Imre Frankovits

watercolor on paper


Imre Frankovits (Frankovitz, 1926-2010) was born Emerck Francozicci on May 8, 1926 in Vârciorog, Romania. His family was the only Jewish family in Vârciorog. They were prompted to move to Oradea in 1935 after a priest moved to Vârciorog who preached antisemitism and told the villagers not to shop at his family's general store. As restrictions for Jews became more stringent, life became more difficult, and in 1944 his family was forced into the Oradea ghetto.

They lived in the ghetto for three to four weeks before being transported to Auschwitz-Birkenau. Upon their nighttime arrival at Auschwitz, they were made to line up. The officer who was sending Jews right or left was Josef Mengele who was also placing children from 13-18 into groups for future experimentation. Luckily, Imre had recently turned 18 and was sent to the right for labor. He spent only three days at Auschwitz before being transported to Mauthausen where he also only stayed for three days. From Mauthausen, Imre was transported to Ebensee where he was put to work building tunnels and petroleum refineries in the adjacent mountains. The camp was built for 8000, but by the end of the war there were 23,000 prisoners at Ebensee.

As Ebensee was deep in the Austrian Alps, liberation for the prisoners came later than many of the camps. Imre was liberated by American troops who provided all of the prisoners with a very rich goulash. As he and many of the prisoners were extremely malnourished, the soup made him very sick and he slipped into a coma for two weeks. After coming out of his coma, Imre set out to find members of his family—traveling from Austria to Romania, then Vienna, and then to the Belsen Displaced Persons camp.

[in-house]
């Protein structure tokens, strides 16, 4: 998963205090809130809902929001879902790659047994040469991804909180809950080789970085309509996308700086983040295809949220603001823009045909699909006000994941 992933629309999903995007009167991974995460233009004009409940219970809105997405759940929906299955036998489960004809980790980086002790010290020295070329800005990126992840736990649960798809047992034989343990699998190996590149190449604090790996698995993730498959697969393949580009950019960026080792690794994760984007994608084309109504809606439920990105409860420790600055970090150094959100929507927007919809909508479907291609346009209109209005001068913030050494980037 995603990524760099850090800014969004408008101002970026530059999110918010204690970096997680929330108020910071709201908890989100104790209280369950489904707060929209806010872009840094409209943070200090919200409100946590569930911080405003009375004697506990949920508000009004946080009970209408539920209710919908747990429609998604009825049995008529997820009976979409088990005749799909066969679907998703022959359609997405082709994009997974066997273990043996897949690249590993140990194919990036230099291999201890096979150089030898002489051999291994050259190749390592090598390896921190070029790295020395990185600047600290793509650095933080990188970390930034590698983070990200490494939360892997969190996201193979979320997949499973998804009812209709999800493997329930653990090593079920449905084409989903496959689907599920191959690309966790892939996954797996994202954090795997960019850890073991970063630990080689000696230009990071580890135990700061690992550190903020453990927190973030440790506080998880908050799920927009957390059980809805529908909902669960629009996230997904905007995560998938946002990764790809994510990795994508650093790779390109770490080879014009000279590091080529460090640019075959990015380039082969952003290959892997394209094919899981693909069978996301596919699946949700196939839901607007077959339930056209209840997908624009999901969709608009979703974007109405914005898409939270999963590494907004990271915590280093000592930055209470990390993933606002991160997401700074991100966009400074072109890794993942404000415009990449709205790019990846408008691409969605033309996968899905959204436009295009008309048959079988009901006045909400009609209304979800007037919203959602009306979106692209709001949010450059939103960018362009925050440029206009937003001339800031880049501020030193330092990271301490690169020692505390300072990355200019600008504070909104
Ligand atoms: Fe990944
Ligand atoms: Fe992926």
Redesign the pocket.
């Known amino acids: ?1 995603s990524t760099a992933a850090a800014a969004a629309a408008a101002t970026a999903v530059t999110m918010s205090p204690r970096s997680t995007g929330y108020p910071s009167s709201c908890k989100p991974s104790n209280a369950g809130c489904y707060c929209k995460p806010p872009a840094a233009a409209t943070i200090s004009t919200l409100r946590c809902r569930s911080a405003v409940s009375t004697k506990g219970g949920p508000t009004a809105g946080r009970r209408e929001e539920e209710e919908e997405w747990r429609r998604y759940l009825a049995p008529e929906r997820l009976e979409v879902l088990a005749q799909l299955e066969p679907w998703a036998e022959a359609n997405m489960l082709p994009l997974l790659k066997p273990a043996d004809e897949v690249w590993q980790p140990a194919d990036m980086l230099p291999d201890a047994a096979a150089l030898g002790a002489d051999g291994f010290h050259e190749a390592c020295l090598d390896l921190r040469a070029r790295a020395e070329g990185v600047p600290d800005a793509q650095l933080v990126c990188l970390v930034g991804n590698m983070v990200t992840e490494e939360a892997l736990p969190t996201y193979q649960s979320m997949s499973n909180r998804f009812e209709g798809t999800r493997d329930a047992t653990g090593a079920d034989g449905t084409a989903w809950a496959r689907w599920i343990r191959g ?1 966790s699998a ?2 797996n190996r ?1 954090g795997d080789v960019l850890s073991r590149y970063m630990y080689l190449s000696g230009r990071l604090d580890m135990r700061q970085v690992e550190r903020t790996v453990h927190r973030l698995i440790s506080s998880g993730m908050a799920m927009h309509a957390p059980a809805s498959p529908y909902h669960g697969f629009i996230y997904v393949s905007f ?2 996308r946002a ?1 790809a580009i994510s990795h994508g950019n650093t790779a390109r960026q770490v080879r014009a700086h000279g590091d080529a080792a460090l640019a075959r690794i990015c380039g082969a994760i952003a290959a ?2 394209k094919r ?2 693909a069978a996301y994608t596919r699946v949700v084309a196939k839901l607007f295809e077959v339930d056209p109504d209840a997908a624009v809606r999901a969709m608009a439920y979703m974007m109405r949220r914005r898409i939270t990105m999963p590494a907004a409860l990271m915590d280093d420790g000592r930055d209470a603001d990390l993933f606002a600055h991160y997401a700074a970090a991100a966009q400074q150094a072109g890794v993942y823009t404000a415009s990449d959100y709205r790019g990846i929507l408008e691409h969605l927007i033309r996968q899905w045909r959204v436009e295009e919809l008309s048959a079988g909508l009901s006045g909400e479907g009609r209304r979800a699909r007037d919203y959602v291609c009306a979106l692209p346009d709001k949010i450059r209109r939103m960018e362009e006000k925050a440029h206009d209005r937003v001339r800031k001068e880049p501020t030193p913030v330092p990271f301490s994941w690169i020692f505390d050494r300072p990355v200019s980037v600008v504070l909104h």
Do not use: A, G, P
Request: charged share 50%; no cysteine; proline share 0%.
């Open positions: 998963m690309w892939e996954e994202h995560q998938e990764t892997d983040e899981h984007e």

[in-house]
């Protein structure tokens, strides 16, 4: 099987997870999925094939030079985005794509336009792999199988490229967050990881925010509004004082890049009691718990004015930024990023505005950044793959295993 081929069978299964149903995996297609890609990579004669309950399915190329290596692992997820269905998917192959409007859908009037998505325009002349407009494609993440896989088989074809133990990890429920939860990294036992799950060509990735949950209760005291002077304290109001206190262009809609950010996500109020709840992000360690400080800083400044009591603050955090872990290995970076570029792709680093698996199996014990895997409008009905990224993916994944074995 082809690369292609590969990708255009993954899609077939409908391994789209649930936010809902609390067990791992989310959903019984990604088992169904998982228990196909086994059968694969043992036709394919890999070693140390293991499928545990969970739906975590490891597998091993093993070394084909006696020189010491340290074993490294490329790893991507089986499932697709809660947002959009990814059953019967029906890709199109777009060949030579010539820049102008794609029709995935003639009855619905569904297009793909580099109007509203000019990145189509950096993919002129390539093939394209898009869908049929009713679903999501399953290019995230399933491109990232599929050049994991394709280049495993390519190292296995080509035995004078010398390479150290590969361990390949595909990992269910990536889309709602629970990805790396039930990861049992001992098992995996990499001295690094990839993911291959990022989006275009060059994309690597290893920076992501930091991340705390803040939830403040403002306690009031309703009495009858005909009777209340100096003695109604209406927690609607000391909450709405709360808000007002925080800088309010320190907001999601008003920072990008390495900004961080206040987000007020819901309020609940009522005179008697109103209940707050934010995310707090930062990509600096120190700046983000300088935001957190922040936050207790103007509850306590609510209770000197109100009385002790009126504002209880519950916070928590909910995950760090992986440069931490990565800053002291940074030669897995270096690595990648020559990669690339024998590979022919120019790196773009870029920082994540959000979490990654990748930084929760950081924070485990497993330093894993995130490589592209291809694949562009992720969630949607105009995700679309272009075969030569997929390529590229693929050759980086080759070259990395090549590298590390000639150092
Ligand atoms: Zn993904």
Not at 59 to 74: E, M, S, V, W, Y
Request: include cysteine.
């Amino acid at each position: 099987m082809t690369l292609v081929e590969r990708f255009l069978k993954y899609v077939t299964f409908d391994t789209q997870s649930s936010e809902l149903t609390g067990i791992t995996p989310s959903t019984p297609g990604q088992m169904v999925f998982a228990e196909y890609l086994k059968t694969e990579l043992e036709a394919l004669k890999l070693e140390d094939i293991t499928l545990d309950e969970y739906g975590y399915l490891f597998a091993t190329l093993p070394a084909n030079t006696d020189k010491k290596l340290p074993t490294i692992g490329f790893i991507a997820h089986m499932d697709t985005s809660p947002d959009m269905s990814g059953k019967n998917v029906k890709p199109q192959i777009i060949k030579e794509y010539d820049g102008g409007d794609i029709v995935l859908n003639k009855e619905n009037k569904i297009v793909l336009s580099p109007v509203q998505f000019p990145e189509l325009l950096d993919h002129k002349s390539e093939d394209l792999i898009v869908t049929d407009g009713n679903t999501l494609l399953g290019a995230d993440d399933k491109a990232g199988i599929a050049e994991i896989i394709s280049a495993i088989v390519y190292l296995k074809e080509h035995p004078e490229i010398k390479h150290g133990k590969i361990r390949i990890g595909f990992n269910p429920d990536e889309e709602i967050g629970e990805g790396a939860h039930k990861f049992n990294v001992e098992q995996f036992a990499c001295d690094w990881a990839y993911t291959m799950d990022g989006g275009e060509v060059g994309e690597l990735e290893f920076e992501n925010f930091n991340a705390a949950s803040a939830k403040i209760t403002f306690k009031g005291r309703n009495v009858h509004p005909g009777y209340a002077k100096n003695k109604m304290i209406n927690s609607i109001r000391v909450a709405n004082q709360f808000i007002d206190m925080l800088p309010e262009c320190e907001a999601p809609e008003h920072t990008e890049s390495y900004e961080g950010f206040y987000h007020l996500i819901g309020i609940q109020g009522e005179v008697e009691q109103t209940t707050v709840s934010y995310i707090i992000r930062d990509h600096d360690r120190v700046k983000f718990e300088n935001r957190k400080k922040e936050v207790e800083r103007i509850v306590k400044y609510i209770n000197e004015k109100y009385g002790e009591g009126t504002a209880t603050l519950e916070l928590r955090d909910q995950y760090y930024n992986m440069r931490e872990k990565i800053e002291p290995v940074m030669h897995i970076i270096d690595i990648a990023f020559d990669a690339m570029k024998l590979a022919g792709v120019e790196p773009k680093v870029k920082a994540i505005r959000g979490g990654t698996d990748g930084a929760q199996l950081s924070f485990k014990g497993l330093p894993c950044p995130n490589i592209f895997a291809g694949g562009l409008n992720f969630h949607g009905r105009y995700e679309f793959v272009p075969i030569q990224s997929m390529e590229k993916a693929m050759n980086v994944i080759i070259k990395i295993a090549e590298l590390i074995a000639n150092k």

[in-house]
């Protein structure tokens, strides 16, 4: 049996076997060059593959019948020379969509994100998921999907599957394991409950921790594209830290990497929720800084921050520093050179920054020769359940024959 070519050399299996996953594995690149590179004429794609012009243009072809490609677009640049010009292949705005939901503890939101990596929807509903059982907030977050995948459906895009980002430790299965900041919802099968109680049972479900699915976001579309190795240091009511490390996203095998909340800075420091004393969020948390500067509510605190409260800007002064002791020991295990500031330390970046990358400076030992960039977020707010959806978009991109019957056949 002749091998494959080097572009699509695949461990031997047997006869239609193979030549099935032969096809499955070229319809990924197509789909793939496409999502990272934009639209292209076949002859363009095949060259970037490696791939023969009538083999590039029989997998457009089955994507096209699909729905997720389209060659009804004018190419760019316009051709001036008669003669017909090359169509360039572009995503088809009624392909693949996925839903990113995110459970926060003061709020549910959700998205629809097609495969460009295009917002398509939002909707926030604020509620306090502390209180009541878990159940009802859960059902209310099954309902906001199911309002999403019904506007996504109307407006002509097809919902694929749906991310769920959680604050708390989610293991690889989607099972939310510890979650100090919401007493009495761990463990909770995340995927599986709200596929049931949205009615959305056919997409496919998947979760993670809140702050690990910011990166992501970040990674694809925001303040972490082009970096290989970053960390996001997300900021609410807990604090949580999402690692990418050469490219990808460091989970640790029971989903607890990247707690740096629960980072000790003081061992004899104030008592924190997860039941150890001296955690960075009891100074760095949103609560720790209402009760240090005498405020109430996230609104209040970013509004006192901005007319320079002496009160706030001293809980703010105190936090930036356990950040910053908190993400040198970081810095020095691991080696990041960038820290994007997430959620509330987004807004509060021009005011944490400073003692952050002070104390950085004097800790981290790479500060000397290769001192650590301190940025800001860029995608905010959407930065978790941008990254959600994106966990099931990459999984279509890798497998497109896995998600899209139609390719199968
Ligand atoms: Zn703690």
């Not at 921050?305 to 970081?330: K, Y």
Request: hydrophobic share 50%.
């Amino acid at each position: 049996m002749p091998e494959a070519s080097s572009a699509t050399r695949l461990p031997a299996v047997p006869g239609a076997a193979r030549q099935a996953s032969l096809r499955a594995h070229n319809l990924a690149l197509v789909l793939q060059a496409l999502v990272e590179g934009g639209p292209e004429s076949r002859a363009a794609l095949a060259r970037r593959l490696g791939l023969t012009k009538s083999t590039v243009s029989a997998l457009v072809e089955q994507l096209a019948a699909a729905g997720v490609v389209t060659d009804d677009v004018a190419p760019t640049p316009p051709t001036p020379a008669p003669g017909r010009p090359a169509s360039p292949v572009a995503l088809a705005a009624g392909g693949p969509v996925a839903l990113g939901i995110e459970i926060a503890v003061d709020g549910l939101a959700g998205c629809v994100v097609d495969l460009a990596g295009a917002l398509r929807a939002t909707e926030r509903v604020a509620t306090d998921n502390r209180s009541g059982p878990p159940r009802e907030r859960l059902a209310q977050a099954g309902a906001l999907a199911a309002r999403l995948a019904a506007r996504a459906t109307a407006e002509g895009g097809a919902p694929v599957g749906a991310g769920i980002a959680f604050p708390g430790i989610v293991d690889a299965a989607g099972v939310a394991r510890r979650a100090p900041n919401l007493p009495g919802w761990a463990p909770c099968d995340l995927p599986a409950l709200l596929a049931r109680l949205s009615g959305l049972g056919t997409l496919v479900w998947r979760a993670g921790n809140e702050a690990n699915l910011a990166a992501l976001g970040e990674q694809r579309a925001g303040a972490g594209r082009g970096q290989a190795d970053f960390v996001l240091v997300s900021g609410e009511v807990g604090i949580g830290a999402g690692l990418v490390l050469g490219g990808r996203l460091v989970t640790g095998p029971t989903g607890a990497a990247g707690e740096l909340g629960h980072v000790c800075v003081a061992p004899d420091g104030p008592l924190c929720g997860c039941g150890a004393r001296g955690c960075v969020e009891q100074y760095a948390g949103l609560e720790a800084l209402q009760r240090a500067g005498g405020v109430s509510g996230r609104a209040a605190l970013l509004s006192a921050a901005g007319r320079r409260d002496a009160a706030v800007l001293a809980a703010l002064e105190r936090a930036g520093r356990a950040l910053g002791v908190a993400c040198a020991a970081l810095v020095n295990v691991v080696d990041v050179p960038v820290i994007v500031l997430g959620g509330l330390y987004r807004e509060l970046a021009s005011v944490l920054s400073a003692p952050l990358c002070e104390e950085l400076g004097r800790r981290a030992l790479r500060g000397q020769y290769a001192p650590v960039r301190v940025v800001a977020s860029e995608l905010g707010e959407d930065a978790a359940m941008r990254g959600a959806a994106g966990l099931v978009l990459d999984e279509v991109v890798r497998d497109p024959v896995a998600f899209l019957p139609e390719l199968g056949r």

Imre, along with a friend, secured transport to the United States through the American consulate and arrived in New York in the late 1940s. Imre had an aunt, uncle, and cousin in New York who he lived with for a few years prior to being drafted into the American Army during the Korean War. He served as a driver for an officer and turned down the opportunity for a permanent job in the Army in order to return to the US. After returning, Imre attended the Fashion Institute of Technology and worked his way to becoming a designer in the fashion industry. He lived in the Bronx and Manhattan.